Oscar Nominations for: Best Cinematography, Best Editing, Best Writing (Adapted Screenplay), Best Director
City of God is one of the most remarkable films I’ve ever seen. From the frenetic, slightly perplexing start to the very last frame the movie is at times joyous, at times horrifying, but always a wonder. I’m convinced that if this film were in English it would have been a Best Picture nominee and there would be a serious discussion about what the best film was of last year.
As it is the movie managed to nab two nominations in the big categories, and that’s saying something. The City of God is a slum, the worst of the worst, in Rio. The government built it to put the poor in, to keep them separate from the rest of the cosmopolitan city. Then they didn’t put in electricity or running water, and also neglected to put in a regular police force. The result was predictable; a mélange of people, bursting at the seems; each with the common denominator of no hope. Crime—at first robbery, and then moving into drugs—became virtually the only trade, as life was sold cheaper than you can imagine. A few survived, and this story is based on their lives.
It all sounds depressing, and there is that element. To see the age at which people become thugs and killers is heartbreaking. But whereas Monster (which I reviewed last week) showed us the defeat of the human spirit, City of God shows us that somehow, in the midst of tumultuous chaos, life finds a way.
The movie is narrated by “Rocket,” who is sort of a side character until the very end, about the life of gangs in the City of God. In this way the film sort of resembles Goodfellas, although I dare say this is the movie Scorsese wishes he would have made. Anyway, we get a sideways view of the gang life in the late ‘60s and early ‘70s. Besides Rocket there is Lil’ Dice, Benny, Carrot, Knock-out Ned, and a host of other characters you’ll come to love and hate (sometimes both at the same time), but never be able to take your eyes off of.
The movie was filmed in the actual slum in Rio, and has an authenticity that no studio could ever hope to replicate. Even “cleaned up” for the film it is teeming with life, at times seeming a living breathing monster. The cast, as I understand it, is partly made up of actors and the rest are people who actually live there. Whatever the breakdown, the cast is uniformly great and rivals any cast ever assembled.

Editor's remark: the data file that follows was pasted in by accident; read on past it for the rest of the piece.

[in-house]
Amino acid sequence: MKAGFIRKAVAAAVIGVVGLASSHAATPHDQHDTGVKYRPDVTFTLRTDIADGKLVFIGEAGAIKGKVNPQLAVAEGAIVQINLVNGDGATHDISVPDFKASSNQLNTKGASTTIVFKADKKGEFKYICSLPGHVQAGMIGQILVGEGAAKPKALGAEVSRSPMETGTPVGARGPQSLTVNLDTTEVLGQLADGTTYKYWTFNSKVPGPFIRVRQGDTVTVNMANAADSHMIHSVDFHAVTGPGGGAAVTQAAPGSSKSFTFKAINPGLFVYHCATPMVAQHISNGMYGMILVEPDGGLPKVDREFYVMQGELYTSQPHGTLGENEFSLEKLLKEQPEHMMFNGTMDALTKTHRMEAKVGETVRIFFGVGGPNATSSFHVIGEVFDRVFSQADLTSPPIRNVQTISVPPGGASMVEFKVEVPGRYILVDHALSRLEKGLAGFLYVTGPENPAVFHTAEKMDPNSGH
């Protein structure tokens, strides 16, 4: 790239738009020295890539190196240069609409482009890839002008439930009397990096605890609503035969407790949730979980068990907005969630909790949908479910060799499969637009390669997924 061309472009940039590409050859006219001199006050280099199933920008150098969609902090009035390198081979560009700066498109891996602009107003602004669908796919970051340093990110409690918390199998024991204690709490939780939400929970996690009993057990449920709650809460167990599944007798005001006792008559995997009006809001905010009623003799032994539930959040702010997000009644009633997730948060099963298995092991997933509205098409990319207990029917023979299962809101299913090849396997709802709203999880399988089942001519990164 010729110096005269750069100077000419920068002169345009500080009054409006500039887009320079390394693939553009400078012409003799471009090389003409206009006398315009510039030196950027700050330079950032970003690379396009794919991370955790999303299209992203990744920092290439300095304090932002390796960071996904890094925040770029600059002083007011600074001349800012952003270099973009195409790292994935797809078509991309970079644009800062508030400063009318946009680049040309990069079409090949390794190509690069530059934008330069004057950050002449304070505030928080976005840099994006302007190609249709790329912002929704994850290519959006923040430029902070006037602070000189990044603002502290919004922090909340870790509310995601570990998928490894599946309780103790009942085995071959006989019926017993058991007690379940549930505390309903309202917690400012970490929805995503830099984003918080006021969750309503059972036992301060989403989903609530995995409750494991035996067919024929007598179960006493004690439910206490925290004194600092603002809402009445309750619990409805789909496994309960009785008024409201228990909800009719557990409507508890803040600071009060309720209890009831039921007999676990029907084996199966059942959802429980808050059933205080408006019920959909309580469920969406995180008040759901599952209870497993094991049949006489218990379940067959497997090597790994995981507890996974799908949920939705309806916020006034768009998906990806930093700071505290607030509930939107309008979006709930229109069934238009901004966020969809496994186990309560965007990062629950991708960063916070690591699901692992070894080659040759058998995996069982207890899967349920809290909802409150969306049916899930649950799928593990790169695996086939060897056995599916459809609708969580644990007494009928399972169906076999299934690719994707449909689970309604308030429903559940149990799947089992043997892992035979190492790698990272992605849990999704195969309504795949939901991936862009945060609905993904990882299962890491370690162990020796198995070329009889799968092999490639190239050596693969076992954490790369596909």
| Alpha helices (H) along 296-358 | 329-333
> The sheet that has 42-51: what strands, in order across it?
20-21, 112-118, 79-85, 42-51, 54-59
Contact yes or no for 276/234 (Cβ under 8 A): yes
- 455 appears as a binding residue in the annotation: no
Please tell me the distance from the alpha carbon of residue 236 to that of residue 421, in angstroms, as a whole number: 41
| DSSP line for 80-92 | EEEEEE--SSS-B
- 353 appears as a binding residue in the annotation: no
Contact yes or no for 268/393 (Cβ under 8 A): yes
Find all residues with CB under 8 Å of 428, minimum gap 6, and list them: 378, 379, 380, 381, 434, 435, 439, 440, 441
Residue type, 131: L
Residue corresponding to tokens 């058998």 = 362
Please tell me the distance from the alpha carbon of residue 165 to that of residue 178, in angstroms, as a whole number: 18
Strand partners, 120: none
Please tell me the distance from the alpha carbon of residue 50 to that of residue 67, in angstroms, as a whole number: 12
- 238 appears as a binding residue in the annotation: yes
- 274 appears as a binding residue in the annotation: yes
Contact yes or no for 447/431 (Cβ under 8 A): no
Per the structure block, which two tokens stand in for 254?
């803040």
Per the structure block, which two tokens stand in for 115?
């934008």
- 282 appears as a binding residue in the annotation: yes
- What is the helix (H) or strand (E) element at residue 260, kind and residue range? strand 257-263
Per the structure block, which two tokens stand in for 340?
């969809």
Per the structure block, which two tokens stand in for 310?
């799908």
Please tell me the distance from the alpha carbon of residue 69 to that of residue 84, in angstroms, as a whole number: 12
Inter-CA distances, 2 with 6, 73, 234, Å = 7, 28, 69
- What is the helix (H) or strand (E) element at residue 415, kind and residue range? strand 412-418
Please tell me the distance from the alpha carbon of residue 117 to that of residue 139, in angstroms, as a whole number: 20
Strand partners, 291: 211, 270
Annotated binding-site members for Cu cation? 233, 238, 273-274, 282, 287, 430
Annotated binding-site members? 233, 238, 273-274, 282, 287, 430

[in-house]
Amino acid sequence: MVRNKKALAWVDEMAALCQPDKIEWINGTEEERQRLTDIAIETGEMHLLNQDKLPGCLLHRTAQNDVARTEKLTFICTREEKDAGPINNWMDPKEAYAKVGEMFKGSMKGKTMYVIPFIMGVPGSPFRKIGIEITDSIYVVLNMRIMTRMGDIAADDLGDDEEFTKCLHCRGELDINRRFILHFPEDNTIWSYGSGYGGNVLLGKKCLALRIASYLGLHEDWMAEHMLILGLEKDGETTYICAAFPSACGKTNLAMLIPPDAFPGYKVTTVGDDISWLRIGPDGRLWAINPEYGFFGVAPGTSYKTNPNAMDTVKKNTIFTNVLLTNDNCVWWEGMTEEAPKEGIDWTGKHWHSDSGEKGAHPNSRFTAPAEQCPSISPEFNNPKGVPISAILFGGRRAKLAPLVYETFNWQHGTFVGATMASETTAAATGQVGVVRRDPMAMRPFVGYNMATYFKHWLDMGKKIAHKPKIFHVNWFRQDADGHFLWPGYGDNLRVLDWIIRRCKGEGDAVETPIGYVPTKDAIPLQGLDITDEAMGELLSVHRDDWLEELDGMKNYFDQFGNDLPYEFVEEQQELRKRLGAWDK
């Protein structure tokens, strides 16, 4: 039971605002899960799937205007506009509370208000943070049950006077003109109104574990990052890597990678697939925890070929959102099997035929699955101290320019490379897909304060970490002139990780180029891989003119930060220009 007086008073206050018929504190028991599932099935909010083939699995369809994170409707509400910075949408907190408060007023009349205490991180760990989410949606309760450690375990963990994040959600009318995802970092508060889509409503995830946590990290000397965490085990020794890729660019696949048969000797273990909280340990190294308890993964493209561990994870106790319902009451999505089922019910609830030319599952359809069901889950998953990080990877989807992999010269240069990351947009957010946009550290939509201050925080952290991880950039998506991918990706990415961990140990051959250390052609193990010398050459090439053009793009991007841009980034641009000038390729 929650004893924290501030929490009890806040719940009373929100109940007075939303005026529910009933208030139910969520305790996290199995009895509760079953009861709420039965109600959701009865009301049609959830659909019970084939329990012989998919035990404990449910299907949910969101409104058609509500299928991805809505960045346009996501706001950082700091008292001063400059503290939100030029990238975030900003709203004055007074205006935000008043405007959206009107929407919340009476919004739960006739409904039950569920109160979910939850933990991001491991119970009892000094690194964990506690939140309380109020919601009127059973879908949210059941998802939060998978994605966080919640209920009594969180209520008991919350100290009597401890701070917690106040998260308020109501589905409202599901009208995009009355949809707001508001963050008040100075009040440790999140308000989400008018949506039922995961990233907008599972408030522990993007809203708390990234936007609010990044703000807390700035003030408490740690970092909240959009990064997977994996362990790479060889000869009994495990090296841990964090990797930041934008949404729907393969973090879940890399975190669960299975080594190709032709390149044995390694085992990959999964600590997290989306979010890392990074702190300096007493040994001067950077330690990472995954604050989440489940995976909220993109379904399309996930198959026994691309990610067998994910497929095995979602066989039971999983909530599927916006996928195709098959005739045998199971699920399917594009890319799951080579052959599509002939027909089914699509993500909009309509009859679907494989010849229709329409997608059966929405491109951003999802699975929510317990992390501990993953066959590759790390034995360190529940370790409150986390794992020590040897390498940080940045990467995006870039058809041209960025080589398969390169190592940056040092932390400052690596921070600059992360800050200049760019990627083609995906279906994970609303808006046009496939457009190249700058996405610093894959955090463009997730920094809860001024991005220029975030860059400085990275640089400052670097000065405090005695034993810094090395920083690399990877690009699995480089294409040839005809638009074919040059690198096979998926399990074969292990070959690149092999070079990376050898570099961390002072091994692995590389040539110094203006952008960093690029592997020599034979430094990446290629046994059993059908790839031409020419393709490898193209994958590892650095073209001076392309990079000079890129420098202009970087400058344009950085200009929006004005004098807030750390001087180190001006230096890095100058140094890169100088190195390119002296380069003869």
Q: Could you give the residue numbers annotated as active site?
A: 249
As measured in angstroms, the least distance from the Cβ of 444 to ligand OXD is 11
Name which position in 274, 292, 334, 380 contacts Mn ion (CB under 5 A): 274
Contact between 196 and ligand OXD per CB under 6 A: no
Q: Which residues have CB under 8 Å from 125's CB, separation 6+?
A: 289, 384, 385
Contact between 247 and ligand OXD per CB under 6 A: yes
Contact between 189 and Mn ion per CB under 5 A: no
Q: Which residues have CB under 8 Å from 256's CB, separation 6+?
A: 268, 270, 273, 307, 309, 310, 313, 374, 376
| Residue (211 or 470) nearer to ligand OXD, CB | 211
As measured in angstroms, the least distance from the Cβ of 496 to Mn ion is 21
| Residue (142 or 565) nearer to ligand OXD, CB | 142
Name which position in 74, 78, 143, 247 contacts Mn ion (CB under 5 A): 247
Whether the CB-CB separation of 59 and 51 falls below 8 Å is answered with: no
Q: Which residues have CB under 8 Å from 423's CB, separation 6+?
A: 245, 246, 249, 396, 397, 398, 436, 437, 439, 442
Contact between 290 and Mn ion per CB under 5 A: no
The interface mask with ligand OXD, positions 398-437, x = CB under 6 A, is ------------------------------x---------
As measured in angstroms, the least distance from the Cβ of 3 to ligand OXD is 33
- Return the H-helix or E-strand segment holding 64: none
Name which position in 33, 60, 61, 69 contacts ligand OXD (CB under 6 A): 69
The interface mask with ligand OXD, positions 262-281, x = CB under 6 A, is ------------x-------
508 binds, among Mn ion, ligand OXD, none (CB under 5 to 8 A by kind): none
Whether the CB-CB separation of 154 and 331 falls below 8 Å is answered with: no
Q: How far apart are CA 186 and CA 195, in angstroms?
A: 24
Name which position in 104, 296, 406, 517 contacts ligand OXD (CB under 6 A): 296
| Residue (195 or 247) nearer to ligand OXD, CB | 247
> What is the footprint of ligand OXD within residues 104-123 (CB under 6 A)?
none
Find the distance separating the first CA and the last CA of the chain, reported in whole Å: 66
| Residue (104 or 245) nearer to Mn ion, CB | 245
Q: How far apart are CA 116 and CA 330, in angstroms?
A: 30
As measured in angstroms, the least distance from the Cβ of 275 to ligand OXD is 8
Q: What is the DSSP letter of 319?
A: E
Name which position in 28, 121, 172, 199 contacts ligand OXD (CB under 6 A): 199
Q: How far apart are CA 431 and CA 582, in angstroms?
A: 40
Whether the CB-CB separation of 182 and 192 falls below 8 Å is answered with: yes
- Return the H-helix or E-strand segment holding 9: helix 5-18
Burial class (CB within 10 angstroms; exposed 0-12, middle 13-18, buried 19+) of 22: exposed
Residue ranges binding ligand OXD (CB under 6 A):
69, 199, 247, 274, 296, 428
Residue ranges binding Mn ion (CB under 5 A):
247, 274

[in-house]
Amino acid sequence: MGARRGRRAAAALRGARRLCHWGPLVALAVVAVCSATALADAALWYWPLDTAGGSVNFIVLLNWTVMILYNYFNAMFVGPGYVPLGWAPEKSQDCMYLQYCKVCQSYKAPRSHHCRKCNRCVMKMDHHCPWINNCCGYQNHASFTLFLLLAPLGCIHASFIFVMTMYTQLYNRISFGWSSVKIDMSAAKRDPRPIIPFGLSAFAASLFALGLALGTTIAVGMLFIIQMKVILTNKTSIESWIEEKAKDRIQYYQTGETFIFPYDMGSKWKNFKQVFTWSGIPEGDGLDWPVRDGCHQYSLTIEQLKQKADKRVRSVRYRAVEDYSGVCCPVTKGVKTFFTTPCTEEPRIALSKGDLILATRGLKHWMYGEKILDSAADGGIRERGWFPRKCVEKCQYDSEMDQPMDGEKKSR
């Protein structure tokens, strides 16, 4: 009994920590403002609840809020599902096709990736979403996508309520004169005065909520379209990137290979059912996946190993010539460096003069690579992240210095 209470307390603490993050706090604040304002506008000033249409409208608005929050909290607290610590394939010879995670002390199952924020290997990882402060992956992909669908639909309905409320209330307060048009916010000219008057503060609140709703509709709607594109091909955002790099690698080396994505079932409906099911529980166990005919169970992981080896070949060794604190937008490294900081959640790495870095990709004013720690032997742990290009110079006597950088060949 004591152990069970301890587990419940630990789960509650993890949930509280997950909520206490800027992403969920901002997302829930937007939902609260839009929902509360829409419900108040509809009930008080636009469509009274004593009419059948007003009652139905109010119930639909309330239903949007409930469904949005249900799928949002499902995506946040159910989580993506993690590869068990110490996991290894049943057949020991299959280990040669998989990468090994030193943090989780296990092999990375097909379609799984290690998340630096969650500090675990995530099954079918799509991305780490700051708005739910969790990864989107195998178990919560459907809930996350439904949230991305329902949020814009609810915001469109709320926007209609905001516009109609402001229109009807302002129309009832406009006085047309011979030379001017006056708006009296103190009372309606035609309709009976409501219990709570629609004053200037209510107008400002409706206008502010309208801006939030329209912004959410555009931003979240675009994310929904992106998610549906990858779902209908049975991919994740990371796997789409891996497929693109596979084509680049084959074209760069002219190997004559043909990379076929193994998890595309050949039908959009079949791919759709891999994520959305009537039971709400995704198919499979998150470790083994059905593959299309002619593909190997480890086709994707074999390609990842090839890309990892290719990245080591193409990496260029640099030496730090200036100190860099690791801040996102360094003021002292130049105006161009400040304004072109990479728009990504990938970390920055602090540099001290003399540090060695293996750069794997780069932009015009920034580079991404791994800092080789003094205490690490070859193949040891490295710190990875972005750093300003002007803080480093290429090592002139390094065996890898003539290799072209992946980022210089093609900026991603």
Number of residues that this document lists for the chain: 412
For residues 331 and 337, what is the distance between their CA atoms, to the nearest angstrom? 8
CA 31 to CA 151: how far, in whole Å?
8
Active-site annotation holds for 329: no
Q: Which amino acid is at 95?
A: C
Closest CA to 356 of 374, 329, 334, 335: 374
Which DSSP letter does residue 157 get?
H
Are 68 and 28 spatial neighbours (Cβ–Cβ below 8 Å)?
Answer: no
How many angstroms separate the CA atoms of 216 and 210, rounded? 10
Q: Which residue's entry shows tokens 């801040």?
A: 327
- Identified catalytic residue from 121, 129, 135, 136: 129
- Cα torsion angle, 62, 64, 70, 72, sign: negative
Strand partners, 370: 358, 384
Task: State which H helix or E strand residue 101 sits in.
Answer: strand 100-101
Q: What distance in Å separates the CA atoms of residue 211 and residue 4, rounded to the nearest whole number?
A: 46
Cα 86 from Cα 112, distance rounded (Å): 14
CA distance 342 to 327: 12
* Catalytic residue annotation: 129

Let’s talk about style: Director Fernando Meirelles has made a film that rivals—and at times surpasses—anything Tarrantino has ever accomplished (and if you know me, that’s saying something). Not a moment is ever wasted. There is not one scene that ever feels like it’s there to be used later (you know, like giving Ellie a toy compass in Contact). At times the film stops in the middle of something to back up and come at it from a different direction. There is one remarkable section which tells the story of a room! It was a pure delight to see the inventiveness and skill that the plot was presented in. I predict good things for both director and script-writers.
Along-side all that, though, were the two facets that most intrigued me. One was the mesmerizing horror of how difficult life was. Seeing 10 year olds rob and kill is something I never asked for, but now can’t stop thinking about. (If you’re curious as to why, it’s because gangsters don’t live too long in the City of God, so you have to start young). The misery that these people live under is never presented in a cloying or sentimental way, and never became a distraction. This leads me to the second and most satisfying part of the movie. What could have been 2 hours and fifteen minutes of guilt trip for how comparatively “rich” I am instead became a triumph of the human spirit. I don’t mean that in a Remember the Titans sort of way. Even the best of these people were criminals by some standard. But there was still this…I don’t know how to put it, a resilience and charm to many of these people. I was rooting for some of them!
City of God is unfortunately, not for everyone. The subtitles will turn off some, just as the violence will turn of others. But if you love movies, you need to see this. If you enjoy arguing whether Godfather I or II is best (and for the record, I think City of God is better than II and rivals I), than you need to see this. If you take yourself seriously as a movie person, you need to see this film.
What more can I say?
Suspension of Disbelief Index: 0. To prove it, in the credits they show some archival footage that they took from the real characters this is based on. Word for word.
Genre Grade: Gangster film or Poverty film. Either way, A+.
Pantheon Percentile: 99. One of the best films I’ve ever seen.